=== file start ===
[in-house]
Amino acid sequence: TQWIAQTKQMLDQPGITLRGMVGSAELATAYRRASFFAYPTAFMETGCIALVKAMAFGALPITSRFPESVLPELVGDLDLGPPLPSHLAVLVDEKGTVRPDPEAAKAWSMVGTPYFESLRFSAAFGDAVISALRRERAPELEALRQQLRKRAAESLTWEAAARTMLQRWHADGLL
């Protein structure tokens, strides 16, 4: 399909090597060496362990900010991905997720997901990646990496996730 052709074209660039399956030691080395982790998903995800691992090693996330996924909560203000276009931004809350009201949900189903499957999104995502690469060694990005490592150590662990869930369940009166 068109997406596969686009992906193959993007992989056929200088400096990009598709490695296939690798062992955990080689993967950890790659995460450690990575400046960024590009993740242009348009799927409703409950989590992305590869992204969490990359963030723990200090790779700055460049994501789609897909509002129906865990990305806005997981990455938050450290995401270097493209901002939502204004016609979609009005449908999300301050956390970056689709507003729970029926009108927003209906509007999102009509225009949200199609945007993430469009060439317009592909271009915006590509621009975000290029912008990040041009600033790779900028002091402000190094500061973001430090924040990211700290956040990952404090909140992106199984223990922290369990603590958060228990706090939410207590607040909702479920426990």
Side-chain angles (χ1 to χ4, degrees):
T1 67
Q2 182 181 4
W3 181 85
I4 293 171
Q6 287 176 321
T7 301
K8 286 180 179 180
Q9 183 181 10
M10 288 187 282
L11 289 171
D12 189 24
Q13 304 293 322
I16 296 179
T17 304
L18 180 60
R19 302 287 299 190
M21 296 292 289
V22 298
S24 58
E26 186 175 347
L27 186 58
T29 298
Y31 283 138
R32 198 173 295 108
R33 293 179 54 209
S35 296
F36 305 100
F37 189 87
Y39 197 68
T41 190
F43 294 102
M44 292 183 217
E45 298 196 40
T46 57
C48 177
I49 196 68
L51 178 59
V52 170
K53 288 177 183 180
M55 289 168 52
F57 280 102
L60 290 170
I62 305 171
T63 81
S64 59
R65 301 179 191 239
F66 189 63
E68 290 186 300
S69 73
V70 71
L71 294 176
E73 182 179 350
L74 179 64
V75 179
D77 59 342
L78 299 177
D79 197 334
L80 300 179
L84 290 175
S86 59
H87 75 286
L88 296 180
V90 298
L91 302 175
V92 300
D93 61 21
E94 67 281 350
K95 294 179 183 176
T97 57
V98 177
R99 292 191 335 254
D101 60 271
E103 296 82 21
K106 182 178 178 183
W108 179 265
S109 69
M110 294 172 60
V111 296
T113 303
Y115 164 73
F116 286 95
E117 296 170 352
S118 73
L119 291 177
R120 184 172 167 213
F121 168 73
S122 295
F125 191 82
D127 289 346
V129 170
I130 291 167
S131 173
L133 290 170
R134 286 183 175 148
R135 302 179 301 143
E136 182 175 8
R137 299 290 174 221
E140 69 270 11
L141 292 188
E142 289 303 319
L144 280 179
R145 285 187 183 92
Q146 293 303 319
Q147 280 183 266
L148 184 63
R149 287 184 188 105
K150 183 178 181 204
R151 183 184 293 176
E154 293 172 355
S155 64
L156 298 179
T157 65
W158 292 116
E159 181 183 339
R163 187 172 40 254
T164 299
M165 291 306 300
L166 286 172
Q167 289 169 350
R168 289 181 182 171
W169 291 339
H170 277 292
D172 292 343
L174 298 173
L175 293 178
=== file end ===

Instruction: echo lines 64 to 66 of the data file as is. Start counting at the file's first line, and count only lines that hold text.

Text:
S86 59
H87 75 286
L88 296 180